Discern is an old-fashioned word that means to distinguish or become aware of. The roads ahead are those we traverse daily—unaware discernment is required. Perhaps like those roads below.
Is it Road 52-C in rural Iowa covered in rust-red powdery earth that billows from the underside of Farmer Abel’s truck? The corn fields await harvest and Farmer Abel grows old.
Or a paved snowbound road in Bismarck, North Dakota: Closed! January had waited impatiently for that first Canadian cold front to take shape. When it did she blew hard southward.
There is the learning-a-lesson road that can be immediate; painfully long; velvety smooth, or rough with jagged peril.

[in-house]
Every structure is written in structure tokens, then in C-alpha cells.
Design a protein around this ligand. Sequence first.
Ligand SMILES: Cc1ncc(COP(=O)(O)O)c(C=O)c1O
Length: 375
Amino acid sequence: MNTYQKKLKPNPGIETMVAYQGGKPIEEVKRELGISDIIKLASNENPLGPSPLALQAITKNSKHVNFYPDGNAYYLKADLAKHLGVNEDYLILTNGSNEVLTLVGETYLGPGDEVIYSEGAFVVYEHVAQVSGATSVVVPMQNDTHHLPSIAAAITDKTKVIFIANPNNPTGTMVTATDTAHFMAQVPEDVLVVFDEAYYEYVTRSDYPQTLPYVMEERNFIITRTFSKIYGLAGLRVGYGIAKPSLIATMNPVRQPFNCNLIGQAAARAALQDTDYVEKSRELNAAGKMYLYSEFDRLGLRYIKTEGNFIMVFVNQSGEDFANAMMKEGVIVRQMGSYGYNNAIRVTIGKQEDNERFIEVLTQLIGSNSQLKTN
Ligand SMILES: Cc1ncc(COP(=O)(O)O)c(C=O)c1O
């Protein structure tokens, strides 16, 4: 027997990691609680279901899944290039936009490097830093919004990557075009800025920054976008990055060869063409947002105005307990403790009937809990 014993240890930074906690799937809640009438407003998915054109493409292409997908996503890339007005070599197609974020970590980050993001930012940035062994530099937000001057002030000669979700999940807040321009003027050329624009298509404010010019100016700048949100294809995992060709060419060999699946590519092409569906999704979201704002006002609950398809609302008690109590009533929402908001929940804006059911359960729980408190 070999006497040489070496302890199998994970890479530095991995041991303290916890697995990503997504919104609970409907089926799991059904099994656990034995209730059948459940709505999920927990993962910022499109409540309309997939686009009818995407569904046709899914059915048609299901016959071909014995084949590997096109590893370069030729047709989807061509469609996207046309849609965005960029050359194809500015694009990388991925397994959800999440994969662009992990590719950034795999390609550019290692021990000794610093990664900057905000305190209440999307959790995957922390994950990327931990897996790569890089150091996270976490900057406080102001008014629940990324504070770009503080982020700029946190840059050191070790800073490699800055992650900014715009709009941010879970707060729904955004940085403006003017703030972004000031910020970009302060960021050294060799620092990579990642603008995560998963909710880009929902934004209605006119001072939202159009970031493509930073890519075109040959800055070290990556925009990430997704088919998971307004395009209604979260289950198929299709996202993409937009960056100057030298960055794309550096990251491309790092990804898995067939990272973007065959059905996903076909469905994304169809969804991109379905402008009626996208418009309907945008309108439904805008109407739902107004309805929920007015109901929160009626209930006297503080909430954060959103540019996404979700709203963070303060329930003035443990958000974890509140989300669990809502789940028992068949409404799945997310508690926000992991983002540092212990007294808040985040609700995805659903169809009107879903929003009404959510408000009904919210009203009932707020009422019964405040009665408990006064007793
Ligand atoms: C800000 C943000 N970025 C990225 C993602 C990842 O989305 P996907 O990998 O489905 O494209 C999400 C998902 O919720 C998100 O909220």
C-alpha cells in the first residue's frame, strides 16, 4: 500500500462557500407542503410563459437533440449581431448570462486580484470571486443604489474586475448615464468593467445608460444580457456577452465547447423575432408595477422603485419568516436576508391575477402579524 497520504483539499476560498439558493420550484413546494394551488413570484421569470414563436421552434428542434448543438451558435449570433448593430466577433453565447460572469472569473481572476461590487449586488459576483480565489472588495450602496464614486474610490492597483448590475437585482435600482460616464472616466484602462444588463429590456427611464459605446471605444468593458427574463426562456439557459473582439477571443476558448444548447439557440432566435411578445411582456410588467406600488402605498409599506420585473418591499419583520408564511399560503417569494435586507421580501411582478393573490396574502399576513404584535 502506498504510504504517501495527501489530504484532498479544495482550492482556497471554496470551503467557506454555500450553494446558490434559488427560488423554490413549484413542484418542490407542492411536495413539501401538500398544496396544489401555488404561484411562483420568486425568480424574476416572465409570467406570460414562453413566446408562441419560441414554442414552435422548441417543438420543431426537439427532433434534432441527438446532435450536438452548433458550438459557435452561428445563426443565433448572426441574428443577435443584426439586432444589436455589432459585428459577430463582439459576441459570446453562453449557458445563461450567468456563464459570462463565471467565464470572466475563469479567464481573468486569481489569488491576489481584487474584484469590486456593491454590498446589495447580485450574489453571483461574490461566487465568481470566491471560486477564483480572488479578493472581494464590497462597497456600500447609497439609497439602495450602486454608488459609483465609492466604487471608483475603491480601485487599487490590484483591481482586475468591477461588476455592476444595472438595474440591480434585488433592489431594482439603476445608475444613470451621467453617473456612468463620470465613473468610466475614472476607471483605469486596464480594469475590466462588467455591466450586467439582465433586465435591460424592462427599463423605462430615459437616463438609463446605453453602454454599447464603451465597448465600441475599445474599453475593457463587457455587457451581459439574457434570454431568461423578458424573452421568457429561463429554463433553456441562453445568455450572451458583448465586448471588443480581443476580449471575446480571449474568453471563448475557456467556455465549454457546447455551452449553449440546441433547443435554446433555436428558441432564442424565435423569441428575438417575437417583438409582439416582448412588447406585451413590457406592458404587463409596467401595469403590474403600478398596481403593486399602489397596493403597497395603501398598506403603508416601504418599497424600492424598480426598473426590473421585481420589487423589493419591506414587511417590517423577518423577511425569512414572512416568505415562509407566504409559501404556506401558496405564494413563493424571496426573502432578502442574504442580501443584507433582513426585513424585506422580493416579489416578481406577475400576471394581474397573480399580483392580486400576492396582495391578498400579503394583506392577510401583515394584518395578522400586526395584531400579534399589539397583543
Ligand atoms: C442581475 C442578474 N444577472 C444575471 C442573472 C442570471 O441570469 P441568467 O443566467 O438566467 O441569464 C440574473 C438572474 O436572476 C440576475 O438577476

Some roads wind soothingly, like the steady flow of the Volga River. But on-shore male Russian hawkers display their wares. They sell with their eyes: gentle, pleading and threatening. You are pursued from one wooden stall to another; at least until you say nyet.
The Yellow Brick Road in the Land of Oz is wrought with flying monkeys; the Horse of a Different Color; Wizards; Scarecrow; Tin Man, and Dorothy’s Ruby Slippers. And, lest we forget: the Good and Wicked Witches and the Munchkins. But Dorothy’s toll road taught her it wasn’t her slippers that held the power of place. It was her discernment that led directly home.